3 Types of Clauses in English

3 Types of Clauses in English | Definitions, and Examples

Sometimes we become confused about identifying a clause or differentiate between a clause and a phrase. But we can locate a clause quickly by learning its definition and types. We will discuss the three types of clauses in this lesson, including their definitions and examples.

A clause always contains a subject and a finite verb. However, without wasting time, let us know the definition of a clause.

What is a Clause?

A clause consists of a subject and a predicate. In other words, we can say a clause is a group of words that contain a subject and a finite verb. We can see some examples to get a clear picture of clauses:

  • I had a sweet sister.
  • Though she loved me, I forgot her.
  • She obeyed her responsibility, but I failed to follow this.
  • I was incapable of paying proper tribute to her.
  • Now I repent for everything.

Note: All of the above sentences consist of a subject and a finite verb.

Difference Between Clauses and Phrases

It’s effortless to differentiate between a clause and a phrase. We already know a clause combines some words with a subject and a finite verb, e.g., I love playing football. On the other hand, A phrase is a group of words that doesn’t contain a finite verb, e.g., apart from it.

Types of Clauses

Clauses are categorized into three types in English grammar. They are:

  1. Principal Clauses
  2. Subordinate Clauses
  3. Co-ordinate Clauses

1. Principal/Independent Clauses

A principal or independent clause has a separate meaning. Further, it can be used independently without any assistance or stand-alone. Let us see some examples to learn more about it:

  • I accept your friend request.
  • She ordered a bike from an online shop.
  • He sells an apartment.
  • Naomi shows her performance.
  • Austen knew the true story.

Subordinate/Dependent Clauses

Unlike a principal clause, a subordinate clause doesn’t have any independent meaning. Instead, a subordinate helps the main clause to complete the sentence. Let us see some examples to learn more about it:

  • I recognized the person whom I saw yesterday.
  • If you act for me, I will provide you with enough assistance.
  • When you meet a stranger, you need to respect him.
  • He is that person who supports me in my bad time.
  • We should follow him when we take any decision.

Subordinate or dependent clauses are divided into three types. They are:

  1. Noun Clauses
  2. Adjective Clauses
  3. Adverbial Clauses

Noun Clauses

A clause that works as a noun is called a noun clause. A noun clause is applied in the same way as a noun in a sentence. Let us see some examples to learn more about it:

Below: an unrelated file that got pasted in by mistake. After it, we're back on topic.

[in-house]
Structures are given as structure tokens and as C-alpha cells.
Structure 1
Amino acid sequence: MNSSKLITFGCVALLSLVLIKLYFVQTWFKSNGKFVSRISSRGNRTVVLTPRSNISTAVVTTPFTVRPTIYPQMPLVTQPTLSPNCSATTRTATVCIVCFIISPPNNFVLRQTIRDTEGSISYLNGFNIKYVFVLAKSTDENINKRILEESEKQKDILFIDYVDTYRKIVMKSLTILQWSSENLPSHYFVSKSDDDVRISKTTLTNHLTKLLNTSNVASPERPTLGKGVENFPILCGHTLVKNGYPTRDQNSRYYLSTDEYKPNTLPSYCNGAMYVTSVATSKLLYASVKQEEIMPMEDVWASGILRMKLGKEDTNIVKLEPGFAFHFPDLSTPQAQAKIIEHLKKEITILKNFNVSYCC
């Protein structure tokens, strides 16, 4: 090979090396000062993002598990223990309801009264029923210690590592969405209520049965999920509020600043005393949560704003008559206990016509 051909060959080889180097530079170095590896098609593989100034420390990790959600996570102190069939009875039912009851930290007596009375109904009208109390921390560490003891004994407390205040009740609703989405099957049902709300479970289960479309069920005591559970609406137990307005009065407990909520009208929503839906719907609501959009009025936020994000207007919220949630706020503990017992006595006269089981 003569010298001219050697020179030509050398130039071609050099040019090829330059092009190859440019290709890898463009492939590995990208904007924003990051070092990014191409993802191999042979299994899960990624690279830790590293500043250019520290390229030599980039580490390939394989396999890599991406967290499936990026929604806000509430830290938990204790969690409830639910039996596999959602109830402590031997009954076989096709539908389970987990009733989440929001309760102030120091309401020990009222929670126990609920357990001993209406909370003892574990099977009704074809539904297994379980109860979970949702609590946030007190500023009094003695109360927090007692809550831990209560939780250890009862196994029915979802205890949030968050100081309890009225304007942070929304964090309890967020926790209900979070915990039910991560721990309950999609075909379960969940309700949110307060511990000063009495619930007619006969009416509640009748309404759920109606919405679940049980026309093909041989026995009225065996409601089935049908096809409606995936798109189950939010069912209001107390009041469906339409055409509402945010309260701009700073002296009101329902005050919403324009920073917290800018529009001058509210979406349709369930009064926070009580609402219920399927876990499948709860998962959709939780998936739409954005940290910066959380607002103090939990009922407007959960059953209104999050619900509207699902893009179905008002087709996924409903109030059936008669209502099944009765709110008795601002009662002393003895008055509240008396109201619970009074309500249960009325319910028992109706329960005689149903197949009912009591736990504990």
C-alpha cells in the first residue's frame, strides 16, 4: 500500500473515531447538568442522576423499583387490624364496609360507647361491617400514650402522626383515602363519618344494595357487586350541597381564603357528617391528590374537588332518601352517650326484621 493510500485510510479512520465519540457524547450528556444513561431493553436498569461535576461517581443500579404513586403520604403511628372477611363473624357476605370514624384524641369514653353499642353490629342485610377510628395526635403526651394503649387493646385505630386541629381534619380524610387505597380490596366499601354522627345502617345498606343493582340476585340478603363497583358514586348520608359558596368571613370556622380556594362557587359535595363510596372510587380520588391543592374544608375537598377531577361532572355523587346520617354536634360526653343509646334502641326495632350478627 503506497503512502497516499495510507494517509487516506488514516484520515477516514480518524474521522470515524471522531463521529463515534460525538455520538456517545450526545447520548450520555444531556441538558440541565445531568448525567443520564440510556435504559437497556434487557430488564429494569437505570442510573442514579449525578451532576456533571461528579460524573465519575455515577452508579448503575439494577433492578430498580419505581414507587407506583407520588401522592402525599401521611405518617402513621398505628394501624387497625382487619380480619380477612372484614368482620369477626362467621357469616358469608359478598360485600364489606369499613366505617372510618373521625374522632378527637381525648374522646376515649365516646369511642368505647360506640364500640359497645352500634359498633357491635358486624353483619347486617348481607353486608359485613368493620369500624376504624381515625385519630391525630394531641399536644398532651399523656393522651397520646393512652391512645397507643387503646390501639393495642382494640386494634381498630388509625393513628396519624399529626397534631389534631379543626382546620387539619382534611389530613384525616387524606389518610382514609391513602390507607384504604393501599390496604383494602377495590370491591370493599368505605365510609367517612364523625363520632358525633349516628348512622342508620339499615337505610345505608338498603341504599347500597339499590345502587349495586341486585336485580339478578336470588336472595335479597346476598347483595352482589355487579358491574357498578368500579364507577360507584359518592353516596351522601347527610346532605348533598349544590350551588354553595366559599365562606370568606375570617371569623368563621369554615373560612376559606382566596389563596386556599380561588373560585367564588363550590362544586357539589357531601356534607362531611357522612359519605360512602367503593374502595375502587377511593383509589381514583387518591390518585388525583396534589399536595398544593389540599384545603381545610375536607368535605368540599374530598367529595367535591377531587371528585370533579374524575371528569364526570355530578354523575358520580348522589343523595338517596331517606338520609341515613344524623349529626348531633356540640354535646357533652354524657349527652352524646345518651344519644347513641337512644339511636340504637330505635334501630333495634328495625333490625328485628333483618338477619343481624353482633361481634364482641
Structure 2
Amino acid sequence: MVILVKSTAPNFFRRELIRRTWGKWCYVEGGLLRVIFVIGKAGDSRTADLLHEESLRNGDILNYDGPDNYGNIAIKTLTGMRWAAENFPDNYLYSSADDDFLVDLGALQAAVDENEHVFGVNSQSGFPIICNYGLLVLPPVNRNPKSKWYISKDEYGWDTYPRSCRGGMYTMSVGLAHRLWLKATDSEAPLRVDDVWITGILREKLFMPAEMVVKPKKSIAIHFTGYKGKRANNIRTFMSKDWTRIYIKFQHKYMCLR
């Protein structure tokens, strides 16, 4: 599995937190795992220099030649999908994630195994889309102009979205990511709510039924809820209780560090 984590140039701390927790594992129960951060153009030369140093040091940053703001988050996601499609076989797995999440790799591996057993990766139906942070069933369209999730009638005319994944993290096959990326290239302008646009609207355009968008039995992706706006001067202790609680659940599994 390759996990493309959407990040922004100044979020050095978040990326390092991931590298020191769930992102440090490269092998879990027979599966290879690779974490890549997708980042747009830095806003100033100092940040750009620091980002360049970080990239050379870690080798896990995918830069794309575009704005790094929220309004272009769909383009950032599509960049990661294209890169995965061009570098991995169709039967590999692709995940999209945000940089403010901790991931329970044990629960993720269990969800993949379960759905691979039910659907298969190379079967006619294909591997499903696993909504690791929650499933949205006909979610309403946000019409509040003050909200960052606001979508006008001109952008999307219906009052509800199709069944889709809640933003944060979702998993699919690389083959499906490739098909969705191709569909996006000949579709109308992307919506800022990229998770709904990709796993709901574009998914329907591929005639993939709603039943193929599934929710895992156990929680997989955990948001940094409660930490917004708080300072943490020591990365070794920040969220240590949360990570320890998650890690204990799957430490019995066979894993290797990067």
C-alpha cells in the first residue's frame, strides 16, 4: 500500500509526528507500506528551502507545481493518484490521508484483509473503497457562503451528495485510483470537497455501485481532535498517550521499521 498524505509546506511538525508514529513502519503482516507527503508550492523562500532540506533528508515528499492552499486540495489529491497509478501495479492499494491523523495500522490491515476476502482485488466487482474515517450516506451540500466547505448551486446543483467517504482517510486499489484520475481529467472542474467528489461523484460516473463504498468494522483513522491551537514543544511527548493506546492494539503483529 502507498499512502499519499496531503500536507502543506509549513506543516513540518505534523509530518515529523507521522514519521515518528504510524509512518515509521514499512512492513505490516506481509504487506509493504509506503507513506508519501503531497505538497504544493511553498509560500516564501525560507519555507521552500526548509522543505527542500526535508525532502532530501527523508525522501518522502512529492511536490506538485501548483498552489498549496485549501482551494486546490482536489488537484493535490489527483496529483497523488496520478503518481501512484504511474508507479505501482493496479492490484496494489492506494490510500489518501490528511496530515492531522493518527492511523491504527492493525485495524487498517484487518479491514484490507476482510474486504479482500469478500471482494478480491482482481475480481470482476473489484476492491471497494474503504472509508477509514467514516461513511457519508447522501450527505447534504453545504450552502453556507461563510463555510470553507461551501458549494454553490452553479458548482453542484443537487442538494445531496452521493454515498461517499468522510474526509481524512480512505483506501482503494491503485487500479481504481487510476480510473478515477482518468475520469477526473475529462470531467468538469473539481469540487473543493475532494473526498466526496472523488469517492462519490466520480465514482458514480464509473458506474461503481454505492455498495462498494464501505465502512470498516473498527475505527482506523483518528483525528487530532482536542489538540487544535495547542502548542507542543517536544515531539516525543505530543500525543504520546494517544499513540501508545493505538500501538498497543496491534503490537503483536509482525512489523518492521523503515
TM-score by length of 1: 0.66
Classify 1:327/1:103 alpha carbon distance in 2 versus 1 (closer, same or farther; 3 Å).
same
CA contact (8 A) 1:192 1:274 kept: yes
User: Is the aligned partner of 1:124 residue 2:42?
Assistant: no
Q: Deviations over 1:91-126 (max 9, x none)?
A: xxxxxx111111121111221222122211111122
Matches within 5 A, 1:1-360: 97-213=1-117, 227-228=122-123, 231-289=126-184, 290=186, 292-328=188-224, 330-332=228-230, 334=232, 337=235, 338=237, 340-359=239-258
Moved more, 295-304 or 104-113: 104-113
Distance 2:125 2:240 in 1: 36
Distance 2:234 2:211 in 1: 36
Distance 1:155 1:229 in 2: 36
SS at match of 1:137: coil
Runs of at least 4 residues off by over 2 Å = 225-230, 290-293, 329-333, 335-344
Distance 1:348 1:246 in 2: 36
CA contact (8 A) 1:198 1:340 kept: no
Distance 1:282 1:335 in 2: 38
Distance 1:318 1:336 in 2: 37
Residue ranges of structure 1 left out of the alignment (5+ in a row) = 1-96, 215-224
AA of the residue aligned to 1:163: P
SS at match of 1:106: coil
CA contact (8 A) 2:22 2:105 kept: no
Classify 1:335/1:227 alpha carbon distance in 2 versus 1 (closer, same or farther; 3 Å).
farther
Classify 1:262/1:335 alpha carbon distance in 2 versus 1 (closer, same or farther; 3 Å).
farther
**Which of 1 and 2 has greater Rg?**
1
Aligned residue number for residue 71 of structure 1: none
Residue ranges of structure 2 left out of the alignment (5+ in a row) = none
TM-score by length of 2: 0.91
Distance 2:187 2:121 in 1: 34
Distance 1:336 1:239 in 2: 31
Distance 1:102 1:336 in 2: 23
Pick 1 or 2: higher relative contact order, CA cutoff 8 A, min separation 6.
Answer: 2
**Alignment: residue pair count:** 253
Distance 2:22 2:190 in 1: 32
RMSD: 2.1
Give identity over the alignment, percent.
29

• I know who the culprit is.
  • When she comes is unpredictable.
  • I assumed that he would discover the place.
  • Can you tell me when he leaves the place?
  • He takes a break whenever he gets an opportunity.

Note: A noun clause can be used as a subject, object, object to a preposition, compliment, and appositive in a sentence.

Adjective/Relative Clauses

An adjective or relative clause is used as an adjective in a sentence to modify a noun or a pronoun. A clause that works as an adjective is called an adjective clause. Let us see some examples to learn more about it:

  • The man who arrived here is my father.
  • This is the same boy whom you know is responsible for this offense.
  • The older man whom you saw last night is my grandfather.
  • The car which I drive is made by the Tesla company.
  • The shirt that you bought from the new market looks gorgeous.

Adverbial Clauses

A clause that works as an adverb is called an adverbial clause. An adverbial clause is applied as an adverb in a sentence to modify a verb, an adjective, or another adverb.

An adverbial clause expresses time, place, cause, reason, effect or result, extend, manner, comparison, contrast, condition, and purpose. Let us see some examples to learn more about it:

  • I will be waiting for you until you come.
  • I am ready to go where you live.
  • My sister could not attend the meeting because she suffered from a severe fever.
  • He is so hungry that he can not walk properly.
  • She behaves as if she were the CEO of the company.

Now let us see the different types of linkers of adverbial clauses:

1. Adverbial clause of timeWhen, while, after, before since, till, until, etc.
2. Adverbial clause of placeWhere, wherever, etc.
3. Adverbial clause of causeAs, because, since, etc.
4. Adverbial clause of resultthat, so….that, etc.
5. Adverbial clause of purposeSo that, in order that, lest, etc.
6. Adverbial clause of comparisonAs….as, so….as, such….as, etc.
7. Adverbial clause of conditionIf, whether, unless, in case, etc.
8. Adverbial clause of contrastThough, although, etc.
9. Adverbial clause of extendAs far as, so….as, etc.
10. Adverbial clause of mannerAs, as if, etc.
11. Adverbial clause of concessionWhoever, however, whatever, whether, etc.

Co-ordinate Clauses

A clause that contains two principal clauses by joining conjunction (and, but, or) is called a co-ordinate clause. Let us see some examples to learn more about it:

  • I am going to my campus, and I will meet with my friends.
  • She was cured of the diseases, but she held some injuries.
  • I know the boy, but I cannot remember his name.
  • You have to work hard, or you will lose a lot of things.
  • Jamal is a doctor by profession, and his son is an engineer.
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